The current Jewish Chronicle has an odd piece of analysis by editor Martin Bright.
"Ken needs to show a profound change" presents the hardly startling argument that Ken Livingstone needs to greatly up his game, dropping his alliance with Islamism, to win back voters who abandoned him in the last Mayoral election.
More curious though, is Bright's analysis of Ken's chum, Lutfur Rahman, Mayor of Tower Hamlets. Discussing Ken's appearence at the Mela in Tower Hamlets, Bright states:
"...he appeared alongside the highly divisive Mayor of Tower Hamlets, Lutfur Rahman, who left the Labour Party for Respect, a body which brings together the socialist hard left and the Islamic far right.
Ken has calculated that backing Mr Rahman's brand of Islamism-lite will win him enough support to justify sacrificing the votes of Jewish, gay or more moderate Muslim Londoners."
I don't have any problem with the second sentence - I suspect that is exactly how Ken Livingstone's mind works. But Martin Bright greatly weakens his case by getting into a terrible muddle over Mayor Lutfur. Rahman certainly left the Labour party, but with the block vote of East London Mosque behind him, actually stood as an independent. There was no need for him to join Respect - the section of the mosque vote that had previously gone to Respect rather than Labour would follow him, and the leftists who made up the minority in Respect would follow as soon as they were told Labour's opposition to Rahman was based on Islamophobia. He remains an 'independent' to this day.
As for Bright's description of Respect bringing together the 'socialist hard left and Islamic far right', it is a neat soundbite. Placing some of the actors involved in this process however is slightly harder. Islamist politics in Tower Hamlets may well find individuals on the left on economic issues and the right on social issues (perhaps mirroring Paisley's Democratic Unionist Party more than the very far right)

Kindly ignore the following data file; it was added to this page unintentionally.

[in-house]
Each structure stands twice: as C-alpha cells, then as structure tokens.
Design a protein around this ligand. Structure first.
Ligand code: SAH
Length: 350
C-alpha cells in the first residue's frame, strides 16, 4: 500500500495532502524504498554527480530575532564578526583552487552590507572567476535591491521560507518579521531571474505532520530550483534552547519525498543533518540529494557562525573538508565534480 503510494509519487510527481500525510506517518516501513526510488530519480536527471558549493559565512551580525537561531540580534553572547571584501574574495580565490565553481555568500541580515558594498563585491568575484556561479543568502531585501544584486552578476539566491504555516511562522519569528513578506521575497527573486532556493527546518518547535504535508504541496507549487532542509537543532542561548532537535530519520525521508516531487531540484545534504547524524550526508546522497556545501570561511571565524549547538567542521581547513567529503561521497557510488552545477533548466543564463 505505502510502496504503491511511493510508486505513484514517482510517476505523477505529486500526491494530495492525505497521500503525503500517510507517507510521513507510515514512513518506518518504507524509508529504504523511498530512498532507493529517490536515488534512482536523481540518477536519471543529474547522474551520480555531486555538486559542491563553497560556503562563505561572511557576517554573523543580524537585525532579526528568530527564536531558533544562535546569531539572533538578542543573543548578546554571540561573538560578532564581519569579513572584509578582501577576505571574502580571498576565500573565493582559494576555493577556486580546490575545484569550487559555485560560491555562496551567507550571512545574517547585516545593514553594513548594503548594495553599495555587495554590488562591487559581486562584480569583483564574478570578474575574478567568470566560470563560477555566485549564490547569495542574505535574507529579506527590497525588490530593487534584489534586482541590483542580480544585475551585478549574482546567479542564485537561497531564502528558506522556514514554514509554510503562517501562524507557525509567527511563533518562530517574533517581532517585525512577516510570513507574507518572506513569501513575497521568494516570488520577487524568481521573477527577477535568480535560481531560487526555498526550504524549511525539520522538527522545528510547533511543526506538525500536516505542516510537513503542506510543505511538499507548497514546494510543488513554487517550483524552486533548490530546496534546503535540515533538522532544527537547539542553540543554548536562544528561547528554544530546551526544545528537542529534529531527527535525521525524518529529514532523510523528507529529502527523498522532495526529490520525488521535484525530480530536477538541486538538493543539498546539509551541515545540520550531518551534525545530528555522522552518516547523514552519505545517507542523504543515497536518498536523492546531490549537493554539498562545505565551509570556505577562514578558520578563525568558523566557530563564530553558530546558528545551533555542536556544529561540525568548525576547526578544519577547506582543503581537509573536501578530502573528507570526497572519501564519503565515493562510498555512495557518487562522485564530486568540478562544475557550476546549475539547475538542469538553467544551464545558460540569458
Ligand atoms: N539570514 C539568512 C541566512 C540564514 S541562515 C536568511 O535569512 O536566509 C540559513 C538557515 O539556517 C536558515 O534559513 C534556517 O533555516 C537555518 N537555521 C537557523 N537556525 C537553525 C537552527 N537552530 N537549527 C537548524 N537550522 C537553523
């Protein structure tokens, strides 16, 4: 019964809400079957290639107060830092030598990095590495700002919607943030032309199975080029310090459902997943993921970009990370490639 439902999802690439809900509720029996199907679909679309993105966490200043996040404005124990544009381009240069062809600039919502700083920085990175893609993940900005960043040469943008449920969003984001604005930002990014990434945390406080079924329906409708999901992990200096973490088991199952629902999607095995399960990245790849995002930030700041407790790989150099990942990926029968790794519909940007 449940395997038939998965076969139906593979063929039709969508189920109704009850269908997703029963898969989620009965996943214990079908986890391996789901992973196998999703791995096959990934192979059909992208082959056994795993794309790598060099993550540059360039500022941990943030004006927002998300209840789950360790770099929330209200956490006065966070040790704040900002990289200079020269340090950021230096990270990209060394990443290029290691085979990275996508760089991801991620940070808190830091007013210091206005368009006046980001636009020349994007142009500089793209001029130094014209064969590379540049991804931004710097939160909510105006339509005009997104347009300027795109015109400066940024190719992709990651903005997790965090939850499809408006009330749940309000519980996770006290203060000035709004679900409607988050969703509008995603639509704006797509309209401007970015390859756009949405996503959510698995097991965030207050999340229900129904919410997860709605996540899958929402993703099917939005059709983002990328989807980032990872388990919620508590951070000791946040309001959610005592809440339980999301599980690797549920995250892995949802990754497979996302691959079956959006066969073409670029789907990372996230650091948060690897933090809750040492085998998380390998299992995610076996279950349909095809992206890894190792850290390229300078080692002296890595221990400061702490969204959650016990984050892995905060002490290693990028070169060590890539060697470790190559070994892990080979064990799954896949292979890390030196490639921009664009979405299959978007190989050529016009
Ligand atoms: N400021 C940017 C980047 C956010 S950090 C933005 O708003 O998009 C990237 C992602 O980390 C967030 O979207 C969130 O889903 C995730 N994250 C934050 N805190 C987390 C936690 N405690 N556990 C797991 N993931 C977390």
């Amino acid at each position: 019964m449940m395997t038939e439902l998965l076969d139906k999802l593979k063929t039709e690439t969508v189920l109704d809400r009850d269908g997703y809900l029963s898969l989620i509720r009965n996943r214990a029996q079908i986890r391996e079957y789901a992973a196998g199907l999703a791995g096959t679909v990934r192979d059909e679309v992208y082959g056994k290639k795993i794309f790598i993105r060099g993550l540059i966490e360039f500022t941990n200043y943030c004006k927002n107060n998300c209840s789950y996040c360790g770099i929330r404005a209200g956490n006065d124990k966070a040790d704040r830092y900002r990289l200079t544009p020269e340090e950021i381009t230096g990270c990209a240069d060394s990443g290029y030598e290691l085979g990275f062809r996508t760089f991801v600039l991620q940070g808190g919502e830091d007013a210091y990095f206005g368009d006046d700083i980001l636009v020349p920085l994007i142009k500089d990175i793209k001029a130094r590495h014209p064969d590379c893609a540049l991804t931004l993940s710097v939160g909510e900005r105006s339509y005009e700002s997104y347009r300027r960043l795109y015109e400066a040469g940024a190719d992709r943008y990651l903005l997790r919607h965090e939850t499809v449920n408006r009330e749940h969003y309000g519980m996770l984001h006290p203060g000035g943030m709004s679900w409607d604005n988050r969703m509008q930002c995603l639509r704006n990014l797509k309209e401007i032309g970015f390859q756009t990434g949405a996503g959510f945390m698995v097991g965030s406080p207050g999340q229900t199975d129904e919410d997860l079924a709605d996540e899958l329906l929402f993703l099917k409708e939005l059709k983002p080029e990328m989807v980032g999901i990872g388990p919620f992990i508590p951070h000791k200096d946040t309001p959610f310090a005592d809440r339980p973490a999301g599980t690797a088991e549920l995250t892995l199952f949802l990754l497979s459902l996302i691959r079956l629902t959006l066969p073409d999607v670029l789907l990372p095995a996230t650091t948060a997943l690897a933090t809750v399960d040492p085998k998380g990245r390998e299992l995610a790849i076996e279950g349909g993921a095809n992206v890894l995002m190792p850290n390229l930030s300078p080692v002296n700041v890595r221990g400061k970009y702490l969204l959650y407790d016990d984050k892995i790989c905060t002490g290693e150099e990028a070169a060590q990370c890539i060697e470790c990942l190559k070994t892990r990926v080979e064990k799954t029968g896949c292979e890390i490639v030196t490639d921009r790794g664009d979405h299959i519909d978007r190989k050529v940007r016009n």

As for those 'socialists' in Respect, the likes of Carole Swords and Kevin Ovenden long since shelved notions of class to cheerlead Islamist actors full time - be it Hamas and the Palestinian 'resistance' internationally, or East London Mosque locally.
Placing such individuals on the left/right scale is tricky - perhaps the best historical analogy is the old West European Communist parties during the Cold War. If you were a member of the French Communist Party in the 1970s, your job, by and large, was to support the Soviet Union. The role of a non-Muslim member of Respect is to 'support' the Muslim community locally and the ummah internationally.
Is that too nuanced for Martin Bright to understand?